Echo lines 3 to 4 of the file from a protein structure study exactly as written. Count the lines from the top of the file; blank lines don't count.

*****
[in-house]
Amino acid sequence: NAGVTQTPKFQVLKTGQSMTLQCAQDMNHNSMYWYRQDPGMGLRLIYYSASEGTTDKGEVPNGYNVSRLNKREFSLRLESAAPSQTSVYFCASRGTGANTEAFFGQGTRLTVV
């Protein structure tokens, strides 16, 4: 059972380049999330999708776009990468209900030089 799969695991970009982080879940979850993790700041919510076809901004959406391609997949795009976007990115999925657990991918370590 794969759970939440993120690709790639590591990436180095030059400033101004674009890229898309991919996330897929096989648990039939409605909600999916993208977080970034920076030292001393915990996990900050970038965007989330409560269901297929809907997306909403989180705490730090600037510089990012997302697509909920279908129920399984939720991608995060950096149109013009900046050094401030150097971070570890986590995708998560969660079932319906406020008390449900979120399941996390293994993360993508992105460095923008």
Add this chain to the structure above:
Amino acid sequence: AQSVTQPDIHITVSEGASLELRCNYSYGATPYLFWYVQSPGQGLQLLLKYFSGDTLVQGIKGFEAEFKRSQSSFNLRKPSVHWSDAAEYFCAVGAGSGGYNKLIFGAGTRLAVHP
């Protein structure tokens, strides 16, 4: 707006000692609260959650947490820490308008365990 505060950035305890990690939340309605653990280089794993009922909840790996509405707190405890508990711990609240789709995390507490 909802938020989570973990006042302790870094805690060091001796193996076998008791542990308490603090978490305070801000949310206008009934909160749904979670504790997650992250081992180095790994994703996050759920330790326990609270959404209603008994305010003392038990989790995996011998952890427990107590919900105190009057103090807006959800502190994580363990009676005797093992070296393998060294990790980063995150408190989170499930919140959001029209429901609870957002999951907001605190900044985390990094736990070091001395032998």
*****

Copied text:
């Protein structure tokens, strides 16, 4: 059972380049999330999708776009990468209900030089 799969695991970009982080879940979850993790700041919510076809901004959406391609997949795009976007990115999925657990991918370590 794969759970939440993120690709790639590591990436180095030059400033101004674009890229898309991919996330897929096989648990039939409605909600999916993208977080970034920076030292001393915990996990900050970038965007989330409560269901297929809907997306909403989180705490730090600037510089990012997302697509909920279908129920399984939720991608995060950096149109013009900046050094401030150097971070570890986590995708998560969660079932319906406020008390449900979120399941996390293994993360993508992105460095923008």
Add this chain to the structure above: